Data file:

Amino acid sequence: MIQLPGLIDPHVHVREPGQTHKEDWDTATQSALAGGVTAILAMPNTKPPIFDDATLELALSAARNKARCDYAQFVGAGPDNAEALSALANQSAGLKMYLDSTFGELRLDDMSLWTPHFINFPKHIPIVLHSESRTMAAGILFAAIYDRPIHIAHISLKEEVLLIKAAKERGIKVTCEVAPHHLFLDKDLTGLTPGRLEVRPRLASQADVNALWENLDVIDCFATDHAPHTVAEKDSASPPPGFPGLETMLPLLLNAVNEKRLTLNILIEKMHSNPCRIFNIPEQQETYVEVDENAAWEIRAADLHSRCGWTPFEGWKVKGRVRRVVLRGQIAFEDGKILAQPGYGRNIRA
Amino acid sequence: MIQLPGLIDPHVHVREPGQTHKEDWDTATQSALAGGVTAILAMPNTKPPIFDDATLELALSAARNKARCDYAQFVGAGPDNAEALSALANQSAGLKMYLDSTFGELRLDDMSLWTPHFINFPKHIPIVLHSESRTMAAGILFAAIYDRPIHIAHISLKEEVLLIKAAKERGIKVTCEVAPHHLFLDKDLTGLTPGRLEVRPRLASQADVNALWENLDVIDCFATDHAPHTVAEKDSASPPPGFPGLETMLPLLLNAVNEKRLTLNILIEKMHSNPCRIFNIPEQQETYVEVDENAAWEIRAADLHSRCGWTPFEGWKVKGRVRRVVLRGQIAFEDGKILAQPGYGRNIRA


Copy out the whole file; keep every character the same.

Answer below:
Amino acid sequence: MIQLPGLIDPHVHVREPGQTHKEDWDTATQSALAGGVTAILAMPNTKPPIFDDATLELALSAARNKARCDYAQFVGAGPDNAEALSALANQSAGLKMYLDSTFGELRLDDMSLWTPHFINFPKHIPIVLHSESRTMAAGILFAAIYDRPIHIAHISLKEEVLLIKAAKERGIKVTCEVAPHHLFLDKDLTGLTPGRLEVRPRLASQADVNALWENLDVIDCFATDHAPHTVAEKDSASPPPGFPGLETMLPLLLNAVNEKRLTLNILIEKMHSNPCRIFNIPEQQETYVEVDENAAWEIRAADLHSRCGWTPFEGWKVKGRVRRVVLRGQIAFEDGKILAQPGYGRNIRA
Amino acid sequence: MIQLPGLIDPHVHVREPGQTHKEDWDTATQSALAGGVTAILAMPNTKPPIFDDATLELALSAARNKARCDYAQFVGAGPDNAEALSALANQSAGLKMYLDSTFGELRLDDMSLWTPHFINFPKHIPIVLHSESRTMAAGILFAAIYDRPIHIAHISLKEEVLLIKAAKERGIKVTCEVAPHHLFLDKDLTGLTPGRLEVRPRLASQADVNALWENLDVIDCFATDHAPHTVAEKDSASPPPGFPGLETMLPLLLNAVNEKRLTLNILIEKMHSNPCRIFNIPEQQETYVEVDENAAWEIRAADLHSRCGWTPFEGWKVKGRVRRVVLRGQIAFEDGKILAQPGYGRNIRA